Bank of Canada on hold this time

Posted on October 25th, 2017

In our view, the probability of a Bank of Canada hike on Wednesday is essentially zero, creating some risk of a further kneejerk rise in USD/CAD.  The market is pricing in a modest 19% chance of a hike.  The tone of the Bank’s statement, press conference and Monetary Policy Review will probably reflect the message delivered by Governor Poloz’s speech on 27-Sep; that the Bank is now more data dependent, and not a slave to its models.  The tone of recent data is that the economy has moderated from its rapid growth in the first half of the year.  There is enough reason to wait for a few months to see how the economy responds to the two quick-fire hikes in Q3.  However, the Bank is still likely to view the economy in-line with the forecasts presented in its July MPR and retain a clear tightening bias.  The labour market in particular retained its strength in September, and wage growth has lifted from low levels.  The recent retreat in the CAD exchange rate is consistent with the narrowing in its yield advantage in the last month.  Further gains in USD/CAD are possible in the context of a stronger USD and NAFTA uncertainty.


Hike a non-starter this time

As we head into the Bank of Canada monetary policy meeting on Wednesday, the market has 5bp of hikes (around a 19% chance of a 25bp hike) priced-in.  It has 13bp priced-in for the last meeting of the year on 6-Dec, suggesting there is a better than even chance that a hike will occur by year-end, and a hike is fully priced in by the 17-Jan meeting next year.  A second hike is fully priced by around Q3 next year.

After hiking twice in succession in the previous two meetings (12-July and 6-Sep), and a speech by BoC Governor Poloz on 27-Sep, where he suggested the Bank would be more cautious, a hike tomorrow is, in our view, a non-starter.  We give it essentially zero probability.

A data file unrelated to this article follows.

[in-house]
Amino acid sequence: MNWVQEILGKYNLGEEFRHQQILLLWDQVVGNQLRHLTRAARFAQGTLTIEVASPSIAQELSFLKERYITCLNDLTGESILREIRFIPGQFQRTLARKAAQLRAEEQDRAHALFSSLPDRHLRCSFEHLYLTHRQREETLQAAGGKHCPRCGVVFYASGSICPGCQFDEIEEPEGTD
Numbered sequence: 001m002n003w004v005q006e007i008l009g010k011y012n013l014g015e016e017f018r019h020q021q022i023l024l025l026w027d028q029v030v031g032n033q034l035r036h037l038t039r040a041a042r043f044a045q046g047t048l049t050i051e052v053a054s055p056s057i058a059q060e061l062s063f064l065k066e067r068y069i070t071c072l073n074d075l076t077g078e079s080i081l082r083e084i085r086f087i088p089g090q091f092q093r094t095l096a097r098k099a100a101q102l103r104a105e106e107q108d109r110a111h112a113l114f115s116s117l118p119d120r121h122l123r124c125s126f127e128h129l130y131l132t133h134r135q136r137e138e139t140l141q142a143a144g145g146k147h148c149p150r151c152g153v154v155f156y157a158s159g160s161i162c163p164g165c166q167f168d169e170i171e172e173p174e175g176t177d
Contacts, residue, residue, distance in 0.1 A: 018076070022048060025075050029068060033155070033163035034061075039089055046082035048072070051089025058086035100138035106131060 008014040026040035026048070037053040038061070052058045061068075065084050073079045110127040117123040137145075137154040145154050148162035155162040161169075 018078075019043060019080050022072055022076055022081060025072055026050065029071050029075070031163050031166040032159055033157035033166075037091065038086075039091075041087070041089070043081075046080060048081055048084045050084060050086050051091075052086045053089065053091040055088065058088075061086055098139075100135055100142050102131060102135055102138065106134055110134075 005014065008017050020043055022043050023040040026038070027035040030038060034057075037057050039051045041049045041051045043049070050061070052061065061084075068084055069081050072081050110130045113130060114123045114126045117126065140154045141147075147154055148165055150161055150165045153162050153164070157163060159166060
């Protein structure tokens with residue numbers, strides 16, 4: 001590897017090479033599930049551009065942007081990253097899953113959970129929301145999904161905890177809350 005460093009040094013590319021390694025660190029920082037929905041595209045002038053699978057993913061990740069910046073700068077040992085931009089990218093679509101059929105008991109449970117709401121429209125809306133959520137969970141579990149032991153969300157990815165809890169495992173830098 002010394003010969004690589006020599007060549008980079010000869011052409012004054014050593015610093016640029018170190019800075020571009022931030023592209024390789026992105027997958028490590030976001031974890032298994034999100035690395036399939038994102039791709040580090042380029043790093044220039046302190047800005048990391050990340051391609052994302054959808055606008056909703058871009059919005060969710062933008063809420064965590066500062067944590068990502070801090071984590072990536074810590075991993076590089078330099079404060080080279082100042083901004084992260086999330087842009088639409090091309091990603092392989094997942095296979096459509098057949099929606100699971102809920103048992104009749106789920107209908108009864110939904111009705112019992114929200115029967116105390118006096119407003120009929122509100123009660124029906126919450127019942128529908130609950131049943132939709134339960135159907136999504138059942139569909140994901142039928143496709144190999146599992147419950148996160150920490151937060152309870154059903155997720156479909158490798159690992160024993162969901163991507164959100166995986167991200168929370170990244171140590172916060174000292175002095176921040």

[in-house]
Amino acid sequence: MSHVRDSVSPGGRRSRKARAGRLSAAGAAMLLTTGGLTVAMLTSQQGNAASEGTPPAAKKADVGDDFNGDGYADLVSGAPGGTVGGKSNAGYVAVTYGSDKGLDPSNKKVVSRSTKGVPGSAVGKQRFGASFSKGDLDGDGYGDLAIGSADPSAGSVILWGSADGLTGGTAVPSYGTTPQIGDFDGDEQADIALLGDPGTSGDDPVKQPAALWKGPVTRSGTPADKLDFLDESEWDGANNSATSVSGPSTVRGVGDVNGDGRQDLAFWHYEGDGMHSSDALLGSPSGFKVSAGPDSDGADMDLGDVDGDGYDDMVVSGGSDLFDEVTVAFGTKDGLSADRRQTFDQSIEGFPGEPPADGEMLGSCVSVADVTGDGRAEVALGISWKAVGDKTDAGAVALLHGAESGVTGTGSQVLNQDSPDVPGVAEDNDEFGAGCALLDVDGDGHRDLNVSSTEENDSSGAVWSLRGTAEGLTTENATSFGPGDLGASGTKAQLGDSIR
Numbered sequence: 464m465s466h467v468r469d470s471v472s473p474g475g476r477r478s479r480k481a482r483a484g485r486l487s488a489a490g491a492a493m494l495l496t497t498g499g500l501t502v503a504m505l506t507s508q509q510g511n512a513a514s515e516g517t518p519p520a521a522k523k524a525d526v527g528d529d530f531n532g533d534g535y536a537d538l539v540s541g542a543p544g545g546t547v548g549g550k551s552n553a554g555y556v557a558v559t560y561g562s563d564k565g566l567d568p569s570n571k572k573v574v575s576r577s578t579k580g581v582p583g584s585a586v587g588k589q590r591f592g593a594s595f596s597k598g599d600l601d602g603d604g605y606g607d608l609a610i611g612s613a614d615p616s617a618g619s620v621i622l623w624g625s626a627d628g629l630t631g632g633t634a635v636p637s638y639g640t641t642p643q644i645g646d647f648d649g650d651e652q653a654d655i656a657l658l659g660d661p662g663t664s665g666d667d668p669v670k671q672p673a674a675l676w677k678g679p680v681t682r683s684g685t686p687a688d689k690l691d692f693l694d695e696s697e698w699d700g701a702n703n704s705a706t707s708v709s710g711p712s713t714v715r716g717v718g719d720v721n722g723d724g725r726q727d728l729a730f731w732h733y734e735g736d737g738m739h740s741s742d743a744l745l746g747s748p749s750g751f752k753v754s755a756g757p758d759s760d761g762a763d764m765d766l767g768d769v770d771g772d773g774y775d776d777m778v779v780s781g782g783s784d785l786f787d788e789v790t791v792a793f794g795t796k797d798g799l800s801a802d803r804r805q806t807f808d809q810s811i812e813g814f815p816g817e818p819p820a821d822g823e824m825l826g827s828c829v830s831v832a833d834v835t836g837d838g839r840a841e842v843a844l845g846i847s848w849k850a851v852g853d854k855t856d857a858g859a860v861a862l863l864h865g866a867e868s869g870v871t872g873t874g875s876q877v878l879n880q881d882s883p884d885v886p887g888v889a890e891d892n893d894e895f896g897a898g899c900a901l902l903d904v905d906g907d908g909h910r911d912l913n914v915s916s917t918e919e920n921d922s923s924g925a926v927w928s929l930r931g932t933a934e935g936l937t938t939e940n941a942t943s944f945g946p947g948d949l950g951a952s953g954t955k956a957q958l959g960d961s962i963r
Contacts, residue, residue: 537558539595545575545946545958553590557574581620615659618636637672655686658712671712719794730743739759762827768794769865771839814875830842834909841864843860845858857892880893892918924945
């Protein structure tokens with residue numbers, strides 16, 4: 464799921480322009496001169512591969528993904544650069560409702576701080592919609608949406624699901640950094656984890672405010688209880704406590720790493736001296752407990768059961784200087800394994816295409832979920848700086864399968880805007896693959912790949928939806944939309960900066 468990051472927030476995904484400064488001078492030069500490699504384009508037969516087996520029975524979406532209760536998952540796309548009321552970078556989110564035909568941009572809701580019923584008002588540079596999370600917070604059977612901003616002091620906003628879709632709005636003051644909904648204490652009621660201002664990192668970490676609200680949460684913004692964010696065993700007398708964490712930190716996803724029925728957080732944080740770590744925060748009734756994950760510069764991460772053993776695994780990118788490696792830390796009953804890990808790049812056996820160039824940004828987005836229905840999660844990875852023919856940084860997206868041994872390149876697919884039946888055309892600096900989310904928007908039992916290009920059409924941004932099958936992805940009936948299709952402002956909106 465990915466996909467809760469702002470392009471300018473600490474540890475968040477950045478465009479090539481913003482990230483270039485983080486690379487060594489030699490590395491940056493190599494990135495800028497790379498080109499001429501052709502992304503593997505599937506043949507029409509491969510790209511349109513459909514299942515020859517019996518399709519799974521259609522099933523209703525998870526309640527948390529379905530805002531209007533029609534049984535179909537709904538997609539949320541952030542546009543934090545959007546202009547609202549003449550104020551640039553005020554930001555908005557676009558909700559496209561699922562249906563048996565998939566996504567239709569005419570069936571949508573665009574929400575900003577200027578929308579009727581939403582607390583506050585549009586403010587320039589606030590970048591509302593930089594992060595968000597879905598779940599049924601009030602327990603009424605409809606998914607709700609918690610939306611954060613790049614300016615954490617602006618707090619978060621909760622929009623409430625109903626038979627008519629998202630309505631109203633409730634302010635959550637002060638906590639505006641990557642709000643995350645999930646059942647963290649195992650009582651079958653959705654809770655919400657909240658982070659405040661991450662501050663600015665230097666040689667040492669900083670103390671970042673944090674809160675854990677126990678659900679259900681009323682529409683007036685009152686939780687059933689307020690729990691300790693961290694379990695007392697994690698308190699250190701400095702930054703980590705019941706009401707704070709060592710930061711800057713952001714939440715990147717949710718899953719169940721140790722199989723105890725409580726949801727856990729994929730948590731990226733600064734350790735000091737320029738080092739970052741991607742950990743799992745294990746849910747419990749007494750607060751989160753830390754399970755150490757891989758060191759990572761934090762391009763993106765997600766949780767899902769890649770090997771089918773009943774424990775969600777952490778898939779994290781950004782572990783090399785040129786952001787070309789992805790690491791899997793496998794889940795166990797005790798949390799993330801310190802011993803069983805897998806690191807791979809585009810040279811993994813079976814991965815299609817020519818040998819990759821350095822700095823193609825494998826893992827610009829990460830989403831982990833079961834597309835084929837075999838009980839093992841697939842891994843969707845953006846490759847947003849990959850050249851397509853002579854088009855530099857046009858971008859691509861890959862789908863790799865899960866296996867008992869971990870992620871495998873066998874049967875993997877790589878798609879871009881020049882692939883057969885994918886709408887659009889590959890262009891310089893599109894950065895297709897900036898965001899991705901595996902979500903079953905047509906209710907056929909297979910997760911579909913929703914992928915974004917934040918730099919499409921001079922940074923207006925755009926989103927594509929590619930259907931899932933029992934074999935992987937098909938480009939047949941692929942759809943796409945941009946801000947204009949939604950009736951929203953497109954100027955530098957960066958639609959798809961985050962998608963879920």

However, beyond that it is more difficult to judge, our guess is that the market is not too far off the mark on the overall rate outlook in the year ahead.


Not a slave to its models

If the BoC were to be a slave to its economic modelling, it might hike again and quite aggressively in the next year.  According to its analysis in the July Monetary Policy review, and more recent events, it would conclude that its output gap has essentially closed and inflation would rise to and possibly above its 2% target by the second half of next year.

This might suggest that the Bank needs to get rates towards neutral by around mid-2018.  Neutral rates might be around 3%; accounting for 2% inflation, real growth potential of around 1.5%, and perhaps giving back some to account for the high household debt levels.  This would suggest that the Bank has some work to do just to get back to neutral rates from the current level of 1%.

However, hiking rates by as much as 2% by mid-2018 would be insane given the low rate environment globally.  The CAD exchange rate would probably surge, and itself generate significant policy tightening, diminishing to need to raise rates.

The distance from neutrality, combined with the rapid closure of the output gap, made the first two hikes in Q3 this year an easy call.  In any case, this can be viewed as removing the emergency rate cuts in 2015 delivered to offset the oil price shock.

However, the Bank of Canada needs to be more cautious about further hikes.  It needs to give the economy a bit of time to absorb its recent hikes and assess their impact before ploughing on.  Even though it takes 1.5 to 2 years for rate hikes to be fully absorbed, the Bank needs to at least gauge how the recent hikes have affected current sentiment and activity.  This should take a few months at least.

But beyond this, there are a number of reasons not to be a slave to the economic models.  They are in fact likely to over-estimate the need to hike rates, unable to fully account for a number of structural factors that may dampen inflation and lower the neutral policy rate.

This was the theme of Governor Poloz’s speech on 27 September (The Meaning of “Data Dependence”: An Economic Progress Report).

Poloz spelt out that the Bank is not a slave to its models.  He said, “we simply cannot rely mechanically on economic models. This does not mean we are abandoning our models. It does mean we need to use them with plenty of judgment, informed by data, sentiment indicators and intelligence, as we go through the delicate process of bringing inflation sustainably to target. We will continue to watch all the data closely, as well as developments in financial markets, in terms of their impact on the outlook for inflation. We recognize that the economy may act differently than in previous cycles. We will not be mechanical in our approach to monetary policy.”